It’s Not Business, It’s Personal: 4 Ways To Get Your Life Together With A Plan

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    woman-planningMost successful professionals have, at one point in time, made a plan or list of goals that they would like to fulfill during their career tenure. It may include a business plan for an entrepreneur or a map of promotions that they would like to receive while matriculating up the ranks within their company.

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    Though we tend to spend an exorbitant amount of time focused on our careers and making plans specific to obtaining success, we must ask ourselves if we allocate the same amount of time towards our personal goals as well, where could we be? I have friends who are VPs and Junior Partners on their jobs, and I also have friends who are building their own businesses. No matter the route they have taken, just about all of them have put their careers before their personal goals. Most times it is due to the feeling that we, as thirty-somethings, still have plenty of time to later focus just on us. However, that may not always be the case.

    Here are four tips to make a personal life plan just as successful as your career and business plans:

    1) Understand & Accept What Truly Makes You Happy:

    This weekend I had a conversation with a girlfriend who has accepted that she works just to fund her lifestyle. Most times she enjoys her work as an attorney, however, she feels that her firm does not value her the way she would like to be valued. Her passion is not 100 percent in the law, as she has also entertained the idea of running a full time travel and leisure company dedicated to planning excursions for professionals who want to get away.

    She has accepted the though she does not always like her job, it is a means to an end, so she can travel to Dubai, Singapore, Australia, etc., whenever she feels like it. She has decided that her ability to travel makes her happy and she is willing to do whatever she has to do, even if it means staying put at a 9 to 5 job for now, in order to see and experience other cultures worldwide. The personal life she has carved out for herself makes her happy.

    2) Seek Balance:

    I decided years ago that I wanted to work from home. I have no interest in commuting everyday and I actually enjoy being able to wash dishes and do laundry during my “lunch hour.” I feel that I have more control over my time and if work ever has to come in between my play time and vice versa, I harbor no resentment, because I am in control of the work I do and when I do it. Point blank, I realized a long time ago that I needed balance.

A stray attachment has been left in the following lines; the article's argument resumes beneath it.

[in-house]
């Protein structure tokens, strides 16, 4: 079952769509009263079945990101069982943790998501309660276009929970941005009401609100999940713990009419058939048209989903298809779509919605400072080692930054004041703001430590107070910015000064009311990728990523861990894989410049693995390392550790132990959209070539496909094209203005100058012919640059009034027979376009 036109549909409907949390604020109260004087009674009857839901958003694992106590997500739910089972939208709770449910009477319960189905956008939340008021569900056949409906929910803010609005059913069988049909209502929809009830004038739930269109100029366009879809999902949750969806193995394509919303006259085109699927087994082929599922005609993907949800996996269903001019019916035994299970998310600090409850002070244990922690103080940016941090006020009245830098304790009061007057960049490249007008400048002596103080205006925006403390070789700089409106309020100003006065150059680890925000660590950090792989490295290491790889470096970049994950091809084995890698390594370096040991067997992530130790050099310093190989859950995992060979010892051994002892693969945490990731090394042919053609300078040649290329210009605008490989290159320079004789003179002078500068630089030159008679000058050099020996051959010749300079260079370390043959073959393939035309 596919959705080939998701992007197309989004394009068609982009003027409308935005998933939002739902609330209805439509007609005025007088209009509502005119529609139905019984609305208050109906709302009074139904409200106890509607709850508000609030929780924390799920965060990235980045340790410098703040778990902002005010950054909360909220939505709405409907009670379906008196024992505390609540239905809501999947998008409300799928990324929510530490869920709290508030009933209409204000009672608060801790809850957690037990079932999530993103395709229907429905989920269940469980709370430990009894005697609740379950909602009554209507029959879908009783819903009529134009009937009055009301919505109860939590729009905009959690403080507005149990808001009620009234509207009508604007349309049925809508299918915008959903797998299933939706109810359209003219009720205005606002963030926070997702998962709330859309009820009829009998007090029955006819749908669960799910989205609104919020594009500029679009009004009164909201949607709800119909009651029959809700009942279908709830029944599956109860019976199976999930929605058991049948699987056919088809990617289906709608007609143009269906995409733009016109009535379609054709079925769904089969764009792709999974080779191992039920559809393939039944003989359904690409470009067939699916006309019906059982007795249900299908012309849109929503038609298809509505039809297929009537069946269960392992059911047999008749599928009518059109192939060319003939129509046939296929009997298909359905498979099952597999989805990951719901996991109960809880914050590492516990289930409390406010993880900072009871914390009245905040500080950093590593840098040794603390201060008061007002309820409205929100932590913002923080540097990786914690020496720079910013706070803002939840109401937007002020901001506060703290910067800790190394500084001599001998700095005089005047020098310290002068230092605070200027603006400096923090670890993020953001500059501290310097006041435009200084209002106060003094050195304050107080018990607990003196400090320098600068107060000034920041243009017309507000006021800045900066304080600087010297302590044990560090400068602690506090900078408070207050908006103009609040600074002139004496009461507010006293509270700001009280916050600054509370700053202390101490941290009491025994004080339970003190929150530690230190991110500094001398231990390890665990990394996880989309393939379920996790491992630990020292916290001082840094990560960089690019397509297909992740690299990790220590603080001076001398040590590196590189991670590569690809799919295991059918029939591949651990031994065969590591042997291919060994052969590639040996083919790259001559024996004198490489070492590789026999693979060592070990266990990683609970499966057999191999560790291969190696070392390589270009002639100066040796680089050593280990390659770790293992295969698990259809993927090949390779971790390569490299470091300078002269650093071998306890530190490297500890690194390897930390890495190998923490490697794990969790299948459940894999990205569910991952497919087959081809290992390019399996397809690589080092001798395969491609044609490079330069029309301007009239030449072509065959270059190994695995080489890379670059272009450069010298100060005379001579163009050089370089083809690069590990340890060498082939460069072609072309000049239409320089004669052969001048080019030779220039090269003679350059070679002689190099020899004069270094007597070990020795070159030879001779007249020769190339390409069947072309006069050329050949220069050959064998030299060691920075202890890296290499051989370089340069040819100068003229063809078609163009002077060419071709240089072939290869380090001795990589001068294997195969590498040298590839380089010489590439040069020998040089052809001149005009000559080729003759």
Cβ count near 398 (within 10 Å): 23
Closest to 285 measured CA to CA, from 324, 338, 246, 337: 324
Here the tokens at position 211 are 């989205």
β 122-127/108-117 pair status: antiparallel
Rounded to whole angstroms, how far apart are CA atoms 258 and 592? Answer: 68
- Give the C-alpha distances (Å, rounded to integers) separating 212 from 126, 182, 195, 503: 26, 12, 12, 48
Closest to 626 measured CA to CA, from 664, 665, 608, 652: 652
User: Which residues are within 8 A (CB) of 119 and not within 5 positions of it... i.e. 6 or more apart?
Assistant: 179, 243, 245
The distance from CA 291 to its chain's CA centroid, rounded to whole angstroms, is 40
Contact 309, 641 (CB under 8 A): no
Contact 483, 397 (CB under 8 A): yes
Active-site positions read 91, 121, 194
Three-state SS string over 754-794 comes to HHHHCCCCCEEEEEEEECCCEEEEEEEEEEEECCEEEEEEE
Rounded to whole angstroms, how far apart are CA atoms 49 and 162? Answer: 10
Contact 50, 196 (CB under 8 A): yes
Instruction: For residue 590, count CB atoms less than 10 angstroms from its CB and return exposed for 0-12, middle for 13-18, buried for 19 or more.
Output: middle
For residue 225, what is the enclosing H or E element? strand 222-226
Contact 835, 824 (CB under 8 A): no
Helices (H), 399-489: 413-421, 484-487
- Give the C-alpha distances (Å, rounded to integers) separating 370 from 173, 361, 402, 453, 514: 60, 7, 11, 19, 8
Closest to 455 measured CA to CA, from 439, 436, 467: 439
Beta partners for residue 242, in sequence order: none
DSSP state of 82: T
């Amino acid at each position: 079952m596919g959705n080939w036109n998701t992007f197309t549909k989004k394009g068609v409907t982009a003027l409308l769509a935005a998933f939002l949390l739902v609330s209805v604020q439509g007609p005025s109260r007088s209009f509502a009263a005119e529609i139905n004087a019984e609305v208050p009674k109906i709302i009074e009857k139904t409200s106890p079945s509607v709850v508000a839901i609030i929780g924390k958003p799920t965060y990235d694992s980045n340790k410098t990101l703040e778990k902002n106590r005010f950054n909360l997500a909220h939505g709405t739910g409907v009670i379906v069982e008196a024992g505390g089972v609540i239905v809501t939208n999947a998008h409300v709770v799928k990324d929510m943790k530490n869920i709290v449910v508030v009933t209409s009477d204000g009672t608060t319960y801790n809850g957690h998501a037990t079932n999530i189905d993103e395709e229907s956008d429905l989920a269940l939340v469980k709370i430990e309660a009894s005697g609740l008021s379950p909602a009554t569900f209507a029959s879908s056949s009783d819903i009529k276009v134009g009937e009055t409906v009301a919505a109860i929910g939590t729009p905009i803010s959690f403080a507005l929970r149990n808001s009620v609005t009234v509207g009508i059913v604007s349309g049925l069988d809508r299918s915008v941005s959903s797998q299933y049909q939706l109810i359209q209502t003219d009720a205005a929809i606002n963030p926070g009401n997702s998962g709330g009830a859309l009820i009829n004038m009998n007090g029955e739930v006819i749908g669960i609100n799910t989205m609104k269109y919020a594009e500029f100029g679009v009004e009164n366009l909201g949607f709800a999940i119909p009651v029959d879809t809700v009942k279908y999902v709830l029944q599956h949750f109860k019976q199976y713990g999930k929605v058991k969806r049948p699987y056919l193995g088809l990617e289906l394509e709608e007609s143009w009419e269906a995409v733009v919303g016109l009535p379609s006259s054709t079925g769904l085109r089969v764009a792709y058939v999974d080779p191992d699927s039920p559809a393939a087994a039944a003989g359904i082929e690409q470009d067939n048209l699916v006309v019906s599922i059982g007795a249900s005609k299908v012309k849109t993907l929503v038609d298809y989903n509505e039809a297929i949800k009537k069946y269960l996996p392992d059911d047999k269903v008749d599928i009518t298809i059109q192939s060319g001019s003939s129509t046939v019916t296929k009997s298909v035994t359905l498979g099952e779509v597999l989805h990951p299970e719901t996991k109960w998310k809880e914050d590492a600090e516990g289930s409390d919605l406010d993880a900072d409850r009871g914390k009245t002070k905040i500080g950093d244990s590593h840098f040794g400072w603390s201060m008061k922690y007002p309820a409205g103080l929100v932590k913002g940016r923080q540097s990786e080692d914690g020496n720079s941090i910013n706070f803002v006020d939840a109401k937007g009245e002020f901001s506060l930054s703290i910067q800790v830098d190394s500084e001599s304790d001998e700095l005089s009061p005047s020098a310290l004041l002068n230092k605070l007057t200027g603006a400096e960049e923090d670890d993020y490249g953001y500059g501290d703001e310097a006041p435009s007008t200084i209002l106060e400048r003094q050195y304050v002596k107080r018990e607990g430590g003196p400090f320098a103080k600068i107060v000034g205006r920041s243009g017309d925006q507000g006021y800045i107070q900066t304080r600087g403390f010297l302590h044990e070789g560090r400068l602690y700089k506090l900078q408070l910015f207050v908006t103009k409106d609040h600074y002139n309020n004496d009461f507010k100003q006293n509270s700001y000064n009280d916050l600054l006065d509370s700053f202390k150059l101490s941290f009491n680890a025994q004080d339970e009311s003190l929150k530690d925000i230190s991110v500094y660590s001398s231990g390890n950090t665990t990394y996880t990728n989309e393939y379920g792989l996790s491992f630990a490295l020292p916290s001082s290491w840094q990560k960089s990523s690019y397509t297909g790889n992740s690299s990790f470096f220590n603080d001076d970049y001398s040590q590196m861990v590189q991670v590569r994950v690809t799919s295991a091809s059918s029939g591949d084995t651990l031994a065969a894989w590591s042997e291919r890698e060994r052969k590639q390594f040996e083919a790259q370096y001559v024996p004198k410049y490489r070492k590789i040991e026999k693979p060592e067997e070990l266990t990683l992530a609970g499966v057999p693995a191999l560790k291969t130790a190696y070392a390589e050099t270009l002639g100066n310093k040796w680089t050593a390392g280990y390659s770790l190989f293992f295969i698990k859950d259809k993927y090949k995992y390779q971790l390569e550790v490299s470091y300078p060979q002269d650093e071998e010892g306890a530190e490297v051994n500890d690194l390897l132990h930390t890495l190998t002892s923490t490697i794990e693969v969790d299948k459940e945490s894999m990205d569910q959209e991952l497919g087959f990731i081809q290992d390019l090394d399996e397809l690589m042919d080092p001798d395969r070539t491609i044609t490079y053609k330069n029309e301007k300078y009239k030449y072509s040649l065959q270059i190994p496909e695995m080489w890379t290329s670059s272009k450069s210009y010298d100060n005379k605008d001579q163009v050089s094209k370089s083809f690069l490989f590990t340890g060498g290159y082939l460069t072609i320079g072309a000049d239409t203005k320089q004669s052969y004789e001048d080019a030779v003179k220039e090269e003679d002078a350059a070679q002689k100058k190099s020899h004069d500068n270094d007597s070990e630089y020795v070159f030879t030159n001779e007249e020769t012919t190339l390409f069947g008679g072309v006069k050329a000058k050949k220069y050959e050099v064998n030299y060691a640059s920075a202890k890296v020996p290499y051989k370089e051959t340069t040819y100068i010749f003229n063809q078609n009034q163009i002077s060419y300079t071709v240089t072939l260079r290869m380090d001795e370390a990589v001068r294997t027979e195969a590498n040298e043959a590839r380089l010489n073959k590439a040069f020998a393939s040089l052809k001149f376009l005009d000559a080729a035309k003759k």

Whether your balance is catching up on your favorite television show or novel while on the train to work, or taking a walk during your lunch hour, plan that out and do it. Having balance aids in keeping the work related “crazy” to a minimum so you may be your best on the job and also be your best you outside of the workplace.

    3) Make a Plan:

    I am Type A, and a majority of my friends are Type A control freaks as well. We make plans months in advance because we like to know how our days will pan out–even three months from now. Many of us in the workplace are strict with keeping up with a work calendar from Monday to Friday, but fail to plan on our days off. I understand that some of you “go with the flow” types may actually shun the idea of being tied down to anything on the weekends or making plans either, however, planning your personal time in advance may allow you to keep the business on the weekends to a minimum.

    If you plan to sleep all weekend, then put it in your calendar. I have accidentally committed to events, work and social activities I didn’t really want to participate in because I completely forgot to put in my calendar that ALL I am doing that weekend is laying on the couch and watching television.

    4) Think of the Big Picture:

    If you know you want to start a business, learn a new language, start a garden, learn how to knit, date more often, or improve your jump shot on your personal time, make a plan for it, even if you do not plan to begin until five years from now. Where do you see yourself on a personal level in one, five and/or 10 years? Write that vision down and tape it to your refrigerator or frame it and put in on a wall in your room. Never negate what is in your heart because you are too focused on work. It may cause you to resent your job, employer and co-workers. Live a little!

    Rashida Maples, Esq. is Founder and Managing Partner of J. Maples & Associates (www.jmaplesandassociates.com). She has practiced Entertainment, Real Estate and Small Business Law for 9 years, handling both transactional and litigation matters. Her clients include R&B Artists Bilal and Olivia, NFL Superstar Ray Lewis, Fashion Powerhouse Harlem’s Fashion Row and Hirschfeld Properties, LLC.

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